And, of course, it would be a sin not to talk about the not-so-secret star of the show, Gojo. It’s honestly hard to hate a guy dubbed “The Strongest” when he’s just so charismatic and endlessly witty. If you know nothing about this series, you at least know Gojo. Although he comes off as careless and arrogant, he is a decent mentor who deeply cares about his students in his own mystifying way. He is also a great juxtaposing force to more level-headed and mature characters like his colleague, Kento Nanami. 

The villains don’t disappoint either! Sukuna is a calamitous yet sometimes entertaining demon, having been around for a thousand years and still wreaking havoc in the modern age. The cursed spirit Mahito is silly and sadistic, a master manipulator when it comes to human emotions yet at times, he can come off as philosophical and astute. 

As some friends of mine know, my favorite character is Geto, Gojo’s best friend/sorcerer turned cynical cult leader trying to purge the world of non-sorcerers. Once a morally sound and rational person, acting as a guide for Gojo, his trauma causes him to go rogue and abandon his principles. While his ideals are undoubtedly messed up, he is also a victim of a society where sorcerers are expected to always put their lives on the line for the “greater good.” 

Now, this series’ power system revolves around the confusing world of curses. As mentioned before, curses come from negative energy, and sorcerers have the power to see curses and exorcise them. With me so far? Wait until you learn about cursed techniques. Cursed techniques are abilities fueled by (negative) cursed energy that range from cursed speech to domain expansions. 

There’s quite a bit of math and science behind it, which is explained more in the manga, so as a non-STEM person, my head always spins a little trying to understand it all (and my head hurts just researching the power system for this review). 

Switching gears yet again, I want to briefly mention how visually incredible the animation is. Props to the poor animators at MAPPA studios working on low wages yet pouring so much soul into detailed visuals and epic dark-neon color palettes. Scenes like Gojo using Reversal Red do something insane to my dopamine receptors!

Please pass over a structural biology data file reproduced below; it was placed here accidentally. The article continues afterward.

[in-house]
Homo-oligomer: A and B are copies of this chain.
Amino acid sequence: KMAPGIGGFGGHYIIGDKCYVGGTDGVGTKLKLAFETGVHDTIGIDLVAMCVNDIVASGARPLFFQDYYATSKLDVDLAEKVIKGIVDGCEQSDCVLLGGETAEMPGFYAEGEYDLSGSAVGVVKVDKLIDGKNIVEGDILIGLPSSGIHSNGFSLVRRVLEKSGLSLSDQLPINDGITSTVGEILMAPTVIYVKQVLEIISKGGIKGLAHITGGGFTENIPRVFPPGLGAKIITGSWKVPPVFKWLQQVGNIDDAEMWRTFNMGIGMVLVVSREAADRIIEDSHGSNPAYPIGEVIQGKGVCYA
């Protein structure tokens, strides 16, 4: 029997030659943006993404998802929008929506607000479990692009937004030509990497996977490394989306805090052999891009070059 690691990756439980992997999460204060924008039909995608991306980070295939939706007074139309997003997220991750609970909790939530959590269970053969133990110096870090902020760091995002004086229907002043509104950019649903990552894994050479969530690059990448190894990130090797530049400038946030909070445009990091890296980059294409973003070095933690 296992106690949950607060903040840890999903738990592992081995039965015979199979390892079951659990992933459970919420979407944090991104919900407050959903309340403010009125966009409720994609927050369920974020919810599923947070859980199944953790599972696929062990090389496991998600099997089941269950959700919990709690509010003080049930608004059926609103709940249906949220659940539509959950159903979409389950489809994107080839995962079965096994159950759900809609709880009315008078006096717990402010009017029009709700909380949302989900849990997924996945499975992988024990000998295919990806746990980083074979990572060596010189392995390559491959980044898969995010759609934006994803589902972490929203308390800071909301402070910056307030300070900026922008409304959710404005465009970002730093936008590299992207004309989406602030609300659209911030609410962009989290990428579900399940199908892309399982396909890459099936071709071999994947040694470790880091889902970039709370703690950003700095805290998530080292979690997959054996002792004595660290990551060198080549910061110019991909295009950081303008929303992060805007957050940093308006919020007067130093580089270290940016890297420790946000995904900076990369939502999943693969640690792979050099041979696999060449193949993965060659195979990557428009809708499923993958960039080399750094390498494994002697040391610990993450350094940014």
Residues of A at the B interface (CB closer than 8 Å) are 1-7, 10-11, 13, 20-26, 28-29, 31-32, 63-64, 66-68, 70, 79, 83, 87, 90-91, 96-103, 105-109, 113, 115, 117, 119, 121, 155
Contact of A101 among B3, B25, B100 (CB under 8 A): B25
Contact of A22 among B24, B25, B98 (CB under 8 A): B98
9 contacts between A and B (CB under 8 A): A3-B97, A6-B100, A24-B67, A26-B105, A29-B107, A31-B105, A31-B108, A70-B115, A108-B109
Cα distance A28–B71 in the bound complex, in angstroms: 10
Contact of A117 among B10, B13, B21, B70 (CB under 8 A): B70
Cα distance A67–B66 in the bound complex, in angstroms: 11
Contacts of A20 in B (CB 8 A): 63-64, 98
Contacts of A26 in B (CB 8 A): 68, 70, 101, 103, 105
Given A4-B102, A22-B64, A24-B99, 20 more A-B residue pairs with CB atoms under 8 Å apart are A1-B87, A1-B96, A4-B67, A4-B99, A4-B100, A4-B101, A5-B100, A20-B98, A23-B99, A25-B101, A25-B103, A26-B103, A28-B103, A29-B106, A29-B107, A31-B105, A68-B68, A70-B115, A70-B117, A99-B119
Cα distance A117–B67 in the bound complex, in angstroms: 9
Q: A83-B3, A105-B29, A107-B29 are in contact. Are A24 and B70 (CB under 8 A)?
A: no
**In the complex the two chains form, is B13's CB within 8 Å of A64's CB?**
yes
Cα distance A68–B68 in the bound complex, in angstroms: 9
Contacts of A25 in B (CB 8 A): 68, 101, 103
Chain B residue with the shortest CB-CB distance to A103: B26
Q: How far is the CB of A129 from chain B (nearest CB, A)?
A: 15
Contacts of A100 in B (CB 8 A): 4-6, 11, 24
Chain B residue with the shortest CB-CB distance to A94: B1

While I have been gushing so much about this series, I do have my problems with it. Firstly, this is a series that could benefit from more slice-of-life “filler” moments. I mean, there are some moments like that, but they are few and far between the edgier plot points that feel suffocating sometimes to get through. Also, some characters are unfairly side-lined and not as fleshed out as they could be, ESPECIALLY the women. It’s sad how Nobara, literally one of the main characters, isn’t as developed as Yuuji or Megumi, and this series fixates way more on the men that the women hardly get time to shine – misogyny at its finest, I suppose. 

Still, I did not expect to be as into this series as I am, but what can I say? I’m a sucker for world-building with a wide-ranging color palette, likable characters, and a wayward plot that can leave me speechless, both in a good and bad way! Although not the most digestible series, especially with its overload of body horror, it’s very much a thrilling show to binge. I’d also highly recommend the movie Jujutsu Kaisen 0, which serves as a prelude to the series and offers some needed context for certain plot elements. 

Check it out (or don’t if you’d rather not be subjected to its cursed fandom)!

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    AlexJan 30, 2024 at 10:00 pm

    I had a great time reading it and am amazed at how well you described this series. I want to thank you for introducing this series to me because now I am head over heels for my precious boi Toge Inumaki! Great article as always! (ง ˙w˙)ว